Defensive strategy

Hardware vs. Software-based detection: Why it can’t be one or the other.

By Shlomi Levin, Founder & CTO
February 20, 2018

As with any market where crime is lucrative, cybersecurity will always exist, and the more digital the world becomes, the more it will grow. This market is so dynamic because it follows a cat-and-mouse model where the defenders are continuously trying to catch up to the attackers.

In this article we’ll discuss how this has played out over the history of software exploitation techniques, which typically play a part in every major cyber attack, and what it means for how defensive technologies must be approached today.

The Fundamentals of any Attack.

The ultimate goal of an attacker is to gain unauthorized access to a target system in order to perform malicious operations. Malicious actions are performed by illegitimate code that was not intended by the developer of the exploited software. The malicious code typically arrives over regular communication channels, such as email, and once placed in the program memory, triggers pre-existing software flaws. By exploiting such flaws in an orchestrated and predictable fashion, the attacker achieves his ultimate goal of assuming control over the machine.

Software vs Hardware defences over time.



During the early days the attacks were straight forward, dubbed code injection attacks. The attacker simply needed to provide his malicious input and trigger a pre-existing software flaw to affect the control flow of the program and divert the execution to the malicious input (i.e shellcode).


To counter code injection attacks, numerous software level solutions were proposed. This included several variants of flow control protections such as stack canaries, SEH protections and heap integrity validators. All of which were meant to mitigate control flow hijacking. In time, techniques to bypass these mitigations were developed and made public knowledge 1.

Around the same time, hardware vendors introduced a feature called Data Execution Prevention, implemented by the addition of the no-execute (NX) bit 2 that creates an in memory distinction between data and code. In this way, malicious code that is placed in program memory that serves as data (i.e stack and heap regions) will fail to execute when the attacker triggers a vulnerability that diverts the execution flow to his injected code.



To bypass this hardware enforced mitigation a new concept had to be invented, dubbed code reuse attacks. Rather than delivering code within a payload, they simply pieced together existing snippets of code (i.e “gadgets”) of the attacked application to perform the same logic that their designated code would have carried out. In other words, code reuse attacks abuse existing code to assemble new logic. For instance, short snippets of codes ending with RET (usually function epilogues) is called Return Oriented Programing 3.


Naturally, numerous software level defenses were proposed to counter code reuse attacks. This includes several variants of techniques which randomize the program’s memory layout in order to prevent the attacker from utilizing gadgets at predictable locations. Additionally, the notion of control-flow integrity (CFI) emerged, which aims to explicitly validate each control flow event issued by the processor. These software level solutions have since been shown to have various weaknesses and restrictions, in both design and implementation4 5.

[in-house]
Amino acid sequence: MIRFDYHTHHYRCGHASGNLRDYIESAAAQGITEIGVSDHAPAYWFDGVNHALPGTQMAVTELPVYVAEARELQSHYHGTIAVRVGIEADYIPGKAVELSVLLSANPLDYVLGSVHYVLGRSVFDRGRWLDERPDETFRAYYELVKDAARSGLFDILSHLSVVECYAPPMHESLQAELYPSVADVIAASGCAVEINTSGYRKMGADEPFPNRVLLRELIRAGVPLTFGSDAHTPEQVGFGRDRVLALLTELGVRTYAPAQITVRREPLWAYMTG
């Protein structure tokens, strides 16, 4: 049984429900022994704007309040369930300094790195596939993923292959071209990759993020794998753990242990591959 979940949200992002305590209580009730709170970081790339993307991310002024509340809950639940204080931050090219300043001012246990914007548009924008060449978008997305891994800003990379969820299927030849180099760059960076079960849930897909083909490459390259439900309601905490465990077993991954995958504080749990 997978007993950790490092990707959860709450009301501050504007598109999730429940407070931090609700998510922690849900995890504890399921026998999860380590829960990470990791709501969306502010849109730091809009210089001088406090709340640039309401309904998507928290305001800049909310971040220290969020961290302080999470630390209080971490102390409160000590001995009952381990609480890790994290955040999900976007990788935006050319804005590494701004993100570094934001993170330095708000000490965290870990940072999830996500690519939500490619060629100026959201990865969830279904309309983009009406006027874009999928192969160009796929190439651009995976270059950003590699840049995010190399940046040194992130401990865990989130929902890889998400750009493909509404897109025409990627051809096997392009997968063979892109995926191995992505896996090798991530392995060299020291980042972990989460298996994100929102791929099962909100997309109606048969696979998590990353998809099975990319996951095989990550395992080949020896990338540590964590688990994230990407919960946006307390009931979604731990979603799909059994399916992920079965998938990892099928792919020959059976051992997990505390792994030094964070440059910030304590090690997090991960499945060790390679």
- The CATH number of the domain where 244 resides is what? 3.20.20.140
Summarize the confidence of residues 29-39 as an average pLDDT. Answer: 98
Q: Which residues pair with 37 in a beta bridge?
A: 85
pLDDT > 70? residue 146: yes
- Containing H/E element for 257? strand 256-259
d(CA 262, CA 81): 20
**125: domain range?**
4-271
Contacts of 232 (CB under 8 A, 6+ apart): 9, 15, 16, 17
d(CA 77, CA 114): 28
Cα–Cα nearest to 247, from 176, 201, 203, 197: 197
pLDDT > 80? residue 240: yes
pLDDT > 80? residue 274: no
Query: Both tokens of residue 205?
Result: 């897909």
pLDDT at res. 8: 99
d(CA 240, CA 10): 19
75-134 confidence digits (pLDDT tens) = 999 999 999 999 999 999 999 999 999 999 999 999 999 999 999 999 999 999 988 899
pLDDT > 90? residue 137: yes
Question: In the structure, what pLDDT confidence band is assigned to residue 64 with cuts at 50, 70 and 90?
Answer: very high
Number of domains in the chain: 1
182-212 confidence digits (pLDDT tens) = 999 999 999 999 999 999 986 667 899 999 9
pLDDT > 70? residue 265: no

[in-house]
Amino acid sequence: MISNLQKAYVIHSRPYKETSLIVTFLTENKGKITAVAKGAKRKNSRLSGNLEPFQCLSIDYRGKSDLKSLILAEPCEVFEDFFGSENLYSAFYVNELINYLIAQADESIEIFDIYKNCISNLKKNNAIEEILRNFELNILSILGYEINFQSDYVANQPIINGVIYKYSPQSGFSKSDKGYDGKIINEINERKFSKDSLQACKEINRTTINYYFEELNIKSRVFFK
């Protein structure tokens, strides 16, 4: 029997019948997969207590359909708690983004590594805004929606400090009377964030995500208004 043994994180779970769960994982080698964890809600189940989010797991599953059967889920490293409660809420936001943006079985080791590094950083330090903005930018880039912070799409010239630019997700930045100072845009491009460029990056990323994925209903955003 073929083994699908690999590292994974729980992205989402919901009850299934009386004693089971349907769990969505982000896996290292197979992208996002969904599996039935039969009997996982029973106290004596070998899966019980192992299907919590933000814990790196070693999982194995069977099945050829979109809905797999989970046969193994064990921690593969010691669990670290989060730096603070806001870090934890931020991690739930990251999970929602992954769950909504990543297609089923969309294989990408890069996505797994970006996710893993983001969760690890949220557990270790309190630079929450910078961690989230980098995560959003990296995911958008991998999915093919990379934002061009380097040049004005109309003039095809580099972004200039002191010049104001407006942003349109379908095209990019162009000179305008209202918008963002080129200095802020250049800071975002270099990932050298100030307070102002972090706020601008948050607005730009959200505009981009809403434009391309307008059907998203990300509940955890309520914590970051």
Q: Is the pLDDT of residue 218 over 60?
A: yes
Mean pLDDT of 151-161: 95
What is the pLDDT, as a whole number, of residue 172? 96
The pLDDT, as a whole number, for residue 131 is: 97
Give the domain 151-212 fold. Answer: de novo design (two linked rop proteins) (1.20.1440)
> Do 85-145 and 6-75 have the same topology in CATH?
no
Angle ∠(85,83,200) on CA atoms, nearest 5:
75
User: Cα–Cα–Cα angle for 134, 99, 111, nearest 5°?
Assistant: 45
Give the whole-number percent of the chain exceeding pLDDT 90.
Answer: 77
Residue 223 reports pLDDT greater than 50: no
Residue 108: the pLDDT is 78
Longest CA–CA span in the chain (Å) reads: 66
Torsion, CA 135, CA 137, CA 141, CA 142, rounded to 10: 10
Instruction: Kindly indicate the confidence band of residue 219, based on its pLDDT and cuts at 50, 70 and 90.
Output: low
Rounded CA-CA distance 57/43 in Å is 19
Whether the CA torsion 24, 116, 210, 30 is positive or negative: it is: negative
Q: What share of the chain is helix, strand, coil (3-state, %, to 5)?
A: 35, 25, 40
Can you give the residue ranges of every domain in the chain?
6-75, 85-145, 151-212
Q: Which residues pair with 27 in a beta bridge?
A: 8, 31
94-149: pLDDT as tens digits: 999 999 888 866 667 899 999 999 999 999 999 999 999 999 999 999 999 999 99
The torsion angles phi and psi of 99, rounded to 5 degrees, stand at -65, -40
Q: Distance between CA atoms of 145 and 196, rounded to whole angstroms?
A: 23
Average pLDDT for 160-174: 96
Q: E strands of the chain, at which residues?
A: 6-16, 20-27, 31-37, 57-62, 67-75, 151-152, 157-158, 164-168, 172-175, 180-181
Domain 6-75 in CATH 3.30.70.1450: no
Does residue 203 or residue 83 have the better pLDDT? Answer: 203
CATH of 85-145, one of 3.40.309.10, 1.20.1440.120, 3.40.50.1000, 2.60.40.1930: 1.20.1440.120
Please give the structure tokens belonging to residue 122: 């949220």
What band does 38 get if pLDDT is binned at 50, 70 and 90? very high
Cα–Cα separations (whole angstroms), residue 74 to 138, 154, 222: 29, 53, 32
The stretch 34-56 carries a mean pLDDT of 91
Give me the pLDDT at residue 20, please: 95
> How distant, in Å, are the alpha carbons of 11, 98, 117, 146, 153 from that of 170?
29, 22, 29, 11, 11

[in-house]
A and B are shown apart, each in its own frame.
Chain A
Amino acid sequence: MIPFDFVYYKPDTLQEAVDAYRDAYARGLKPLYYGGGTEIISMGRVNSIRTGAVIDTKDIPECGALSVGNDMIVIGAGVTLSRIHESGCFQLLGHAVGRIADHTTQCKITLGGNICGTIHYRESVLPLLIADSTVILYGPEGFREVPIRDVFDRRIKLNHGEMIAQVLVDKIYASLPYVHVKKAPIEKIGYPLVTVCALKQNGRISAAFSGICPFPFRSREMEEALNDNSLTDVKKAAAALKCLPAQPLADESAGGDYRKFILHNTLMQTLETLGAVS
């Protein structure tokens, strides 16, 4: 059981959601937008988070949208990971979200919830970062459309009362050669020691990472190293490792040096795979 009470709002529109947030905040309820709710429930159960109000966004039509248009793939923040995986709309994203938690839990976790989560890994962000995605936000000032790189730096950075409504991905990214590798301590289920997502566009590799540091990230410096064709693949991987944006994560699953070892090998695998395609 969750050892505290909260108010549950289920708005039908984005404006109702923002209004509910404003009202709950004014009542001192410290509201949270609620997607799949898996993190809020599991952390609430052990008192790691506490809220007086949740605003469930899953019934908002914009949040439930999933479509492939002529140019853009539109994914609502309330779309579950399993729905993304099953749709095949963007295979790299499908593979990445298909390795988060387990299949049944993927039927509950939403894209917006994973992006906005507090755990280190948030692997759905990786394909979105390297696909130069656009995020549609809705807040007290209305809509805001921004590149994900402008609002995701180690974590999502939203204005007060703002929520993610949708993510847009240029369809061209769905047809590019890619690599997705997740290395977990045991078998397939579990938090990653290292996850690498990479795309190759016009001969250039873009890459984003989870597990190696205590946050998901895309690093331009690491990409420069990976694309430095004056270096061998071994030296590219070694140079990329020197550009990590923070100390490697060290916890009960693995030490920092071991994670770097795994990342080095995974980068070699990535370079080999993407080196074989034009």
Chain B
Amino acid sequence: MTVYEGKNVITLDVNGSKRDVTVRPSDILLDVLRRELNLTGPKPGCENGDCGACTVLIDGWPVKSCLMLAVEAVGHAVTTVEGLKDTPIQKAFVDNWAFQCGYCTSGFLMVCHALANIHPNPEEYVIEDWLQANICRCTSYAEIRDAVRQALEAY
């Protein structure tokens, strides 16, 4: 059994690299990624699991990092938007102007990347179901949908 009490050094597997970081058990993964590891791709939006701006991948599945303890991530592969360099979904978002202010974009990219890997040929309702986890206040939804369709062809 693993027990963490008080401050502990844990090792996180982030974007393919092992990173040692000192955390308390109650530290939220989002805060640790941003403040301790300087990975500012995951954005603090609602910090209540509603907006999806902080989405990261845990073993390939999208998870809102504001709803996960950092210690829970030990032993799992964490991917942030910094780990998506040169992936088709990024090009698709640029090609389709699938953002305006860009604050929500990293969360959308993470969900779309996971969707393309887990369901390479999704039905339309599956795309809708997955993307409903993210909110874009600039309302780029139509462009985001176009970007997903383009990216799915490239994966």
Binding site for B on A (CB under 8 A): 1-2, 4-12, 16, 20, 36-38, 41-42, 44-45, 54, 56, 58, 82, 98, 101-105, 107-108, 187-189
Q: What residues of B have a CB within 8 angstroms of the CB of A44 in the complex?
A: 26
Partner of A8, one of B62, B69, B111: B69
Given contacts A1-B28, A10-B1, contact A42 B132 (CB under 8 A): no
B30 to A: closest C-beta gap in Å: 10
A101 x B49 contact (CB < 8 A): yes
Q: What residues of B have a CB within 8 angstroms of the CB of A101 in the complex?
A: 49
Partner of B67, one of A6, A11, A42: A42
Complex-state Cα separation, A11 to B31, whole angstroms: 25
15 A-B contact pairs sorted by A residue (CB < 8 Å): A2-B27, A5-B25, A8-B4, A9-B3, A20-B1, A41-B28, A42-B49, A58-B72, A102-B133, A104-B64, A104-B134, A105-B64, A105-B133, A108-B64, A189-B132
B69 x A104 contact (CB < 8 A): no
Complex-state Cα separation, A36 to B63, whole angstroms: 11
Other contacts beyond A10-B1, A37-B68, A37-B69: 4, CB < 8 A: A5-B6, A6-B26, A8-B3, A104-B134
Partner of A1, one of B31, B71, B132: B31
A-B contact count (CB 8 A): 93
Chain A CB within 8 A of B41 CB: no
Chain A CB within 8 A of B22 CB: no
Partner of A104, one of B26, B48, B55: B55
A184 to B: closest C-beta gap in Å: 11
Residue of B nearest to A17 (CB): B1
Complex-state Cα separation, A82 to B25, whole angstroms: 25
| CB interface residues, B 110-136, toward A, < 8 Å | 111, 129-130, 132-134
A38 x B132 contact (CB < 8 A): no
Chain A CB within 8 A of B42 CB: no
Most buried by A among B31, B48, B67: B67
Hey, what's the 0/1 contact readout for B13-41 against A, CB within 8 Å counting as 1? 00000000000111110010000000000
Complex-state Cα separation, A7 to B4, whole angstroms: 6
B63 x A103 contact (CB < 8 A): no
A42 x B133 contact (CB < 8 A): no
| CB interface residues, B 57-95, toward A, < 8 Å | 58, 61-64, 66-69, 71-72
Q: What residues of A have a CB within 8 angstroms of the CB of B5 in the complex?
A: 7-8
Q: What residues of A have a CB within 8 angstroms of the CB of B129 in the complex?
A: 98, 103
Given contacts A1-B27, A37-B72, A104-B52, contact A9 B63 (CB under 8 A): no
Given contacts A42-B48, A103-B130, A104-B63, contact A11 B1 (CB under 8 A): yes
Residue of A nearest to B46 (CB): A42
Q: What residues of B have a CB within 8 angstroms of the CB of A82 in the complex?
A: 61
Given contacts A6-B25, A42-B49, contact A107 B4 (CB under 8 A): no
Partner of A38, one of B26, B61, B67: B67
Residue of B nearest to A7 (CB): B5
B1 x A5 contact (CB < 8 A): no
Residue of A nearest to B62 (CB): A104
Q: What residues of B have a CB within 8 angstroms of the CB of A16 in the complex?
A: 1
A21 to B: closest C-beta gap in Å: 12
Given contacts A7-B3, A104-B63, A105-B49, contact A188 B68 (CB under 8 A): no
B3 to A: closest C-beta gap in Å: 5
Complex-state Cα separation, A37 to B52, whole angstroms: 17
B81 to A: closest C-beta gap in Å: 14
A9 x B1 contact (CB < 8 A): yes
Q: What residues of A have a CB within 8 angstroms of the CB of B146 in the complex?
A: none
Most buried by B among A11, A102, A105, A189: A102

Meanwhile, hardware vendors are currently working on solutions(e.g Intel’s Control-flow Enforcement Technology or CET) 6. CET is a CFI implementation at the hardware level that tracks control flow instructions in order to detect any deviation from the intended programs execution flow. It is planned to be released in future Intel chips when ready, and it is one of the latest in a series of hardware level mitigations to be introduced in Intel CPUs over the past 20 years.



A new type of attack called Counterfeit Object-oriented Programming (COOP) has recently been developed 7 and publicized 8 to bypass control-flow integrity defences 9 such as Intel CET and Windows CFG 10, meaning an entirely new defence needs to be developed.

What next?

In this cat-and-mouse game, it has become apparent that hardware or software-only defences are no longer sufficient. Hardware level defences certainly raise the bar as they require the development of a new attack concept in order to be circumvented.

Vendors ability to effectively and timely react to advancement is severely limited – the costs of patching software throughout millions of end-devices are extremely high, and in the case of hardware mitigations – is usually not even an option (i.e the time between in-the-wild ROP attacks and CET’s delivery is roughly a decade).

Software defenses are far faster to develop and implement, but they are inherently myopic due to their nature of being part of the system that they defend.

That’s why defense today needs to extract the best of both hardware and software, with technology that provides hardware level code visibility but in a software solution that is fast and easy to update. It is only with this combination that the defense will remain robust against the current types of attacks, while having the flexibility to quickly evolve with new approaches.

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[ 1 ] :
[ 2 ] : AMD. AMD 64 and Enhanced Virus Protection.
[ 3 ] : H. Shacham, “The geometry of innocent flesh on the bone: Return-into-libc without function calls (on the x86),” in Proceedings of the 14th ACM conference on Computer and communications security. ACM, 2007, pp. 552–561.
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Special thanks to Alon Livne & The Perception Point research team.

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